Actress-singer Lena Horne poses next to a poster advertising her one-woman show, “Lena Horne: The Lady and Her Music,” at the Pantages Theatre in Hollywood, Ca., November 15, 1982. (AP Photo/Doug Pizac)
Actress-singer Lena Horne poses next to a poster advertising her one-woman show, “Lena Horne: The Lady and Her Music,” at the Pantages Theatre in Hollywood, Ca., November 15, 1982. (AP Photo/Doug Pizac)

Looking Back at Lena Horne’s Broadway Legacy

On Tuesday, November 1, the Broadway theatre soon to be formerly known as the Brooks Atkinson Theatre will officially be renamed the Lena Horne Theatre after the iconic African American singer, dancer, actress, and civil rights activist. To celebrate Horne joining the ranks of legends such as James Earl Jones and August Wilson as an artist with a Broadway theatre named in their honor, take a look back at Horne’s Broadway achievements — including becoming the first African American leading actress in a musical to receive a Tony Award nomination, and headlining the longest running one-woman show on Broadway.

Born in Brooklyn on June 30, 1917, to Edwin Fletcher “Teddy” Horne Jr. and Edna Louise Scottron, Horne started her career in the Cotton Club chorus line in 1933, leading to her first film and stage opportunities.

Some of her earliest film credits include musical films Panama Hattie (1942), Stormy Weather (1943), and Cabin the Sky (1943). Before those credits, however, she made her Broadway debut in 1934 as a Quadronne Girl in Dance With Your Gods, and later performed in Lew Leslie’s Blackbirds of 1939. Of that credit, her daughter, Gail Lumet Buckley, stated, “On February 13, 1939, Brooks Atkinson wrote a review of the musical Blackbirds of 1939 for The New York Times. His review was generally unfavorable except for the mention of ‘a radiantly beautiful girl, Lena Horne, who will be a winner once she has proper direction.’”

After shooting many films, Horne shifted her focus to the stage in the 1950s, recording a live album, Lena Horne at the Waldorf-Astoria, which became the biggest selling record by a female artist in the history of the RCA Victor label at that time. Her return to Broadway came in 1957 when she starred as Savannah in Jamaica, which led to her receiving a Tony Award nomination for Best Leading Actress in a Musical, the first African American woman to do so.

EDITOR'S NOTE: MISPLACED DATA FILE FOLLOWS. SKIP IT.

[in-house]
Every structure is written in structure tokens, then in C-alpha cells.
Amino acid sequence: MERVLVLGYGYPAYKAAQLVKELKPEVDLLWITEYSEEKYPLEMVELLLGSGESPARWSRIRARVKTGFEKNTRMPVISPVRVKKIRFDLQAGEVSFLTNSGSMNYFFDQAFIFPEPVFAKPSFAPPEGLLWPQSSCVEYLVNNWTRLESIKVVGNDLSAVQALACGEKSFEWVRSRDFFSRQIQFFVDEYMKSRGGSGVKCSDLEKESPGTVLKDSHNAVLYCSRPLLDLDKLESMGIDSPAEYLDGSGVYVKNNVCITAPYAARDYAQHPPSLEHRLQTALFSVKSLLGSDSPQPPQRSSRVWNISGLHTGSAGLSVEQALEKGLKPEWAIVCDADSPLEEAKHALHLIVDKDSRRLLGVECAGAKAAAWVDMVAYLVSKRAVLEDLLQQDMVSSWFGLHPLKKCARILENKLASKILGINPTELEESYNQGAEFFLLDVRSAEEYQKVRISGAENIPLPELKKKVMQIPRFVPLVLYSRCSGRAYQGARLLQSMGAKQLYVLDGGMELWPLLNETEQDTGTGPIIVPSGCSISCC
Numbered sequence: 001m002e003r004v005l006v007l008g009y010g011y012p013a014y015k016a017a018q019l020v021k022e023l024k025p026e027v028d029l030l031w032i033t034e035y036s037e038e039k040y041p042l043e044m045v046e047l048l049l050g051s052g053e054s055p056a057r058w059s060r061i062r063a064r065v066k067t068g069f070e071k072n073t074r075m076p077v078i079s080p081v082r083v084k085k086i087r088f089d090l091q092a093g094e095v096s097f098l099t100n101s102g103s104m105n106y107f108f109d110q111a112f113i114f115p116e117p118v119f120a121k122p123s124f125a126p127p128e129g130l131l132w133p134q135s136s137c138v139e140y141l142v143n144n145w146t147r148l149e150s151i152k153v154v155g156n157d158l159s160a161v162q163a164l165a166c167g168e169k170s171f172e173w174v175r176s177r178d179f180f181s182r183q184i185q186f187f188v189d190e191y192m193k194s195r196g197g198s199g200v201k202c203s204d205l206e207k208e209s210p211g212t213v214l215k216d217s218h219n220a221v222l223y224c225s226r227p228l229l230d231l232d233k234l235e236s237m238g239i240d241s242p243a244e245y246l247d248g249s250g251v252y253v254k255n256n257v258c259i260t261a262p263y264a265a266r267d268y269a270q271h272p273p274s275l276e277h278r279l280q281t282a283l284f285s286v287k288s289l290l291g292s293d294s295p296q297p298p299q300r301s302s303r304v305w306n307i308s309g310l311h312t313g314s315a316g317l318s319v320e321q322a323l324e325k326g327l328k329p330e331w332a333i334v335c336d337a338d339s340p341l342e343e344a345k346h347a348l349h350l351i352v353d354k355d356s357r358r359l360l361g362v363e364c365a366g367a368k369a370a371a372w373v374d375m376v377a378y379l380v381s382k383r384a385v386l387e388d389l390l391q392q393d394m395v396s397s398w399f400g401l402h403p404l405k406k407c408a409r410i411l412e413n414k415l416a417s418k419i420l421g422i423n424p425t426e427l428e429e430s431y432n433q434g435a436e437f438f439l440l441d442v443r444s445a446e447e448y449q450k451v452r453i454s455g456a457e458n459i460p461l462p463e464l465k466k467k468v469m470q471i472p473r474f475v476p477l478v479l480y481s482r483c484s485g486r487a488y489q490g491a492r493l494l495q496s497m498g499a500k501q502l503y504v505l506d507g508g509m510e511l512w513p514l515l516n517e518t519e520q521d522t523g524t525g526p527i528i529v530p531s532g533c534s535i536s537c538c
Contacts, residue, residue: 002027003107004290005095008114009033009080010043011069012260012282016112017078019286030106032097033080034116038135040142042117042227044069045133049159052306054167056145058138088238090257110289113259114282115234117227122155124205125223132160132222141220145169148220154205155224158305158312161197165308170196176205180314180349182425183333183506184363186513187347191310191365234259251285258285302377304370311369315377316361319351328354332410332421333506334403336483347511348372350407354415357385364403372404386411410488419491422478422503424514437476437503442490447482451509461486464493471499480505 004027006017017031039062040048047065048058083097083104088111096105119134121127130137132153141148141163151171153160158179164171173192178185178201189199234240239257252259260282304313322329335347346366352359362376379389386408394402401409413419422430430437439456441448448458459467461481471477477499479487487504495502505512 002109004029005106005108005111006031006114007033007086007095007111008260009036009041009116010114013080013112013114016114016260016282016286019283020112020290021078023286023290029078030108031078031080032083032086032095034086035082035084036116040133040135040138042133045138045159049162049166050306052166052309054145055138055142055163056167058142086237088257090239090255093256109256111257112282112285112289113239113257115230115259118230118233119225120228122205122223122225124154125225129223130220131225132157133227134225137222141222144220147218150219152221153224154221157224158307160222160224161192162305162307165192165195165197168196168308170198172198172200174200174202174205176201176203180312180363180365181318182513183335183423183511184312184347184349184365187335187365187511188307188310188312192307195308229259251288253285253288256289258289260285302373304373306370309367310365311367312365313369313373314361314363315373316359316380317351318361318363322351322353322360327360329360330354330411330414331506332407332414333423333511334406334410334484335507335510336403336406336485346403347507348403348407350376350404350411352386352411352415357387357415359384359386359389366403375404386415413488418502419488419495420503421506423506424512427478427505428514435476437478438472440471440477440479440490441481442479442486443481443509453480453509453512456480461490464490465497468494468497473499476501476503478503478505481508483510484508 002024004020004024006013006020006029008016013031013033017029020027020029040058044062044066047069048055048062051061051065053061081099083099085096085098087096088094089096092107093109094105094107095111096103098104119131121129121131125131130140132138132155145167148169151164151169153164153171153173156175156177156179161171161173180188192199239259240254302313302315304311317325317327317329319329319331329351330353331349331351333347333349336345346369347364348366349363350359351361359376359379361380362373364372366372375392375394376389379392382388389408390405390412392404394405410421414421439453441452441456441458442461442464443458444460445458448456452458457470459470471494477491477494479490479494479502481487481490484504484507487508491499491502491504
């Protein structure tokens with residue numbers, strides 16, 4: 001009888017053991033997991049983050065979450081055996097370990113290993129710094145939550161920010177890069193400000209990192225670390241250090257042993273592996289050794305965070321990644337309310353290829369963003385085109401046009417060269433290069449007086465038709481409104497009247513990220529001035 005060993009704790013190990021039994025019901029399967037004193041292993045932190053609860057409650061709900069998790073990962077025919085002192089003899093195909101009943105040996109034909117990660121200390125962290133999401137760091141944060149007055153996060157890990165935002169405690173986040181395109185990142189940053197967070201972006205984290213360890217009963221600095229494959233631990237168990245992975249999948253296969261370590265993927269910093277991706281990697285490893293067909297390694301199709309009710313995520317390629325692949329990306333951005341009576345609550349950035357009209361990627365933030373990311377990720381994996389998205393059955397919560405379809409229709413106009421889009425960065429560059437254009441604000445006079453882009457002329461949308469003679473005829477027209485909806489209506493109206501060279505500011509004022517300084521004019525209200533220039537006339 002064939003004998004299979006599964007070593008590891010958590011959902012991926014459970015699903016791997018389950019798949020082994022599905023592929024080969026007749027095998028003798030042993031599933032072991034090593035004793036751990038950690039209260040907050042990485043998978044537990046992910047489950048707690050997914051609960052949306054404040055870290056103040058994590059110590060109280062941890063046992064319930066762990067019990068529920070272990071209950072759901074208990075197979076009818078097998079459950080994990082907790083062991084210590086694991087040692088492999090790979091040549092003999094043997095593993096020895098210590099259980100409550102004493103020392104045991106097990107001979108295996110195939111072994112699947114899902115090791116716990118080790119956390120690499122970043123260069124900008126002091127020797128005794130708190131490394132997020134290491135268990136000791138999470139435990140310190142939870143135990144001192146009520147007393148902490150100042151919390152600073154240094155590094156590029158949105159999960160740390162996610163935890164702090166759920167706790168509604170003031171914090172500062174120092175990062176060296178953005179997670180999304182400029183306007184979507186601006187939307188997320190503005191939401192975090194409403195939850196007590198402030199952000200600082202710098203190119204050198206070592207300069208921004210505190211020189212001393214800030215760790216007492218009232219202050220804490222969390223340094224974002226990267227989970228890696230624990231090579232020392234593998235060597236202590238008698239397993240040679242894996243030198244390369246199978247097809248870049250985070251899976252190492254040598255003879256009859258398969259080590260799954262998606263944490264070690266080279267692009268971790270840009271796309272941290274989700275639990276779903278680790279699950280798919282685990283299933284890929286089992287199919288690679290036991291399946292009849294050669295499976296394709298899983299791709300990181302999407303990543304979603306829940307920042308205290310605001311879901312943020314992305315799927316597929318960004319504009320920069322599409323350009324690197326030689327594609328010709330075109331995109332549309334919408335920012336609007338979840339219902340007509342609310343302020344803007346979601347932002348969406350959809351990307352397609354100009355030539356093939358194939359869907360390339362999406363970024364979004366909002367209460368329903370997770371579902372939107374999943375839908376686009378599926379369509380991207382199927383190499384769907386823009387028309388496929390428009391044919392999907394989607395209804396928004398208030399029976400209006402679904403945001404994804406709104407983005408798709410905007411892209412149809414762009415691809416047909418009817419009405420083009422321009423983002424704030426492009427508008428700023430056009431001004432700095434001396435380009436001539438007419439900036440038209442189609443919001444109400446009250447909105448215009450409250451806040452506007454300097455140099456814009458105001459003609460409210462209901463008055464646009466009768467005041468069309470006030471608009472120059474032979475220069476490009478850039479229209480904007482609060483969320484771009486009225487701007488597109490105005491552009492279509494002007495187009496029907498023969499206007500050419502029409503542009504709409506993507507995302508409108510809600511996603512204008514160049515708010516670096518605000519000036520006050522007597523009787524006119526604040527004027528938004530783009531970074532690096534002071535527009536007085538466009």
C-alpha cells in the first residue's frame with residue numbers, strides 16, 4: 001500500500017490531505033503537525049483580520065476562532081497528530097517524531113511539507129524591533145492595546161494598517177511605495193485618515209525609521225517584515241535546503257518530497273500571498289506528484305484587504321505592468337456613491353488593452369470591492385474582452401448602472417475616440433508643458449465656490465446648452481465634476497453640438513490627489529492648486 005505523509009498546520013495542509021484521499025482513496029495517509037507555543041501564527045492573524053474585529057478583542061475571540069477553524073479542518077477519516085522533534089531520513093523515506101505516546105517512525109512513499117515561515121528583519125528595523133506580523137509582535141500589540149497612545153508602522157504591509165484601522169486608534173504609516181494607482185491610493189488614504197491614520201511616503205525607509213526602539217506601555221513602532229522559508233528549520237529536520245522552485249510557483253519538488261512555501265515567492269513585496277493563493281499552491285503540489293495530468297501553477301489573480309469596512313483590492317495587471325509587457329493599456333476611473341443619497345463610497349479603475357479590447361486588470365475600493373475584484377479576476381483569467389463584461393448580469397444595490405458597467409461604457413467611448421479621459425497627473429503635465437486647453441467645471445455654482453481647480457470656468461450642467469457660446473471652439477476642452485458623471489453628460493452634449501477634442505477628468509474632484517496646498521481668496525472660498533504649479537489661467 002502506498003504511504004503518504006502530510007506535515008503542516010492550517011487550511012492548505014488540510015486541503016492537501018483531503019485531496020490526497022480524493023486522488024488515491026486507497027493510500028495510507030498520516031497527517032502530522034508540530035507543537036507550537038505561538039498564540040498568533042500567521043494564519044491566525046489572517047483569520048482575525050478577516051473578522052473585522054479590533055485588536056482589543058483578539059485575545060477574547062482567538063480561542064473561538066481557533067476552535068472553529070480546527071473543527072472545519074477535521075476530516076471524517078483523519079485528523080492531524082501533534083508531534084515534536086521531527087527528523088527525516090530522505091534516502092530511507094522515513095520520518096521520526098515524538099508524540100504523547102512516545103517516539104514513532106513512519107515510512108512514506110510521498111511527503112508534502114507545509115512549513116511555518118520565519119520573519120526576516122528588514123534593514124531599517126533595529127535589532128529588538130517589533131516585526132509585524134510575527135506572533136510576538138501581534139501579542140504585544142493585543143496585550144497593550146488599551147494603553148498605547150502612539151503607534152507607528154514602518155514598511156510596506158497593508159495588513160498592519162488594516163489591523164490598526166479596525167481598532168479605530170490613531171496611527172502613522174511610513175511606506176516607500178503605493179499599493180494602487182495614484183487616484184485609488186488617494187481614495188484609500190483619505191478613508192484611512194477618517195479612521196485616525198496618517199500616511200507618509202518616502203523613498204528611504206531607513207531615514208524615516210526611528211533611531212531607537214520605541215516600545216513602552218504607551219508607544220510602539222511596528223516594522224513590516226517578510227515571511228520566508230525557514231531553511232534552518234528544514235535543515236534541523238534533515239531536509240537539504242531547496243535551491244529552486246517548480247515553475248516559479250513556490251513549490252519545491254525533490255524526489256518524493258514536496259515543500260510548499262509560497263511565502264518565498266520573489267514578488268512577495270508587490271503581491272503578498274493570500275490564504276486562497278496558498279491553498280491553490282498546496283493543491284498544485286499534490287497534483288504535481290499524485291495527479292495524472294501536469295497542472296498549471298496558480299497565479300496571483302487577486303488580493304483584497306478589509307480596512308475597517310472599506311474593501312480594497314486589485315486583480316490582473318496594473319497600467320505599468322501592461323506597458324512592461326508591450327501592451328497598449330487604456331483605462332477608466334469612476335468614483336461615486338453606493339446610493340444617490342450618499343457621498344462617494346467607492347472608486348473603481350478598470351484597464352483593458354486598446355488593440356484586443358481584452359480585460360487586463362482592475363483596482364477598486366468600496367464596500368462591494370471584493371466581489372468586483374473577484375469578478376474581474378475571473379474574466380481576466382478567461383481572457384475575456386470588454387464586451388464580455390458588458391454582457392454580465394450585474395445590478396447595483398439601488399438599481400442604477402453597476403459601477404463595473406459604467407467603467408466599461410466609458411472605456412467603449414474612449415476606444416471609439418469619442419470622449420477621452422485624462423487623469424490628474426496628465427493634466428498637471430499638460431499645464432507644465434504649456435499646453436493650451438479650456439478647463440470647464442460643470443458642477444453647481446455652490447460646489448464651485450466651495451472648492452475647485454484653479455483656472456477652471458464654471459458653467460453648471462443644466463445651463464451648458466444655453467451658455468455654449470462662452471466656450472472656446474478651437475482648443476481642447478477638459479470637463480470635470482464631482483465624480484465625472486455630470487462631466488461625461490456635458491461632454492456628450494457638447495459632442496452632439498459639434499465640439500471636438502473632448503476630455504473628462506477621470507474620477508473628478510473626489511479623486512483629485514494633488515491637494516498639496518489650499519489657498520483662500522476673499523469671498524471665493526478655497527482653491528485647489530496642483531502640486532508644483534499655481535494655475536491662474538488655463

Horne wasn’t back on Broadway until a limited run alongside Tony Bennett in Tony & Lena Sing, which played at the Minskoff Theatre in 1974. Shortly after Horne’s passing, Bennett wrote in his 2012 memoir, “Lena was such a class act, a great lady with an incredible work ethic. We sang Harold Arlen songs that had been arranged as duets for us, and later both Cary Grant and Fred Astaire separately told me that the concert with Lena was the best show they’d ever seen in their lives.”

She is also fondly remembered for another musical film, The Wiz. In 1978, Horne took to the screen again to star as Glinda the Good alongside Diana Ross, performing “Believe in Yourself,” which became a musical staple for her.

Horne’s next and final Broadway outing was perhaps the most notable credit in her Broadway career. Lena Horne: The Lady and Her Music opened at the Nederlander Theatre on May 12, 1981, and went on to become a major success.

The show was originally scheduled for a limited run, but extended to a full-year run through June 30, 1982, becoming to this day the longest-running one-woman show on Broadway. “[Lena Horne: The Lady and Her Music] was her fullest expression as an artist and storyteller,” said Gail Lumet Buckley, her daughter, on behalf of the Horne family.

Lena Horne passed away on May 9, 2010, and yet more than 12 years later, she continues to make history on Broadway, now becoming the first Black woman to have a Broadway theatre named in her honor. Her legacy is still celebrated within the entertainment community, now in the form of a theatre, as well as in the words of some of today’s most monumental Broadway performers.

 “Lena Horne was a woman of fierce talent, incredible strength, and profound conviction,” says six-time Tony Award winner Audra McDonald. “With the utmost grace, she broke down barriers. Beyond her indelible work on stage and screen, she was a civil rights activist who continues to inspire many of us today.”

Adds Tony Award–winning actress LaChanze, “Lena Horne devoted her life to theater and the entertainment industry for seven decades. She was a pioneer. A trailblazer. An inspiration to so many of us who stand on her shoulders to this day.”

Photo Credit: AP Photo/Doug Pizac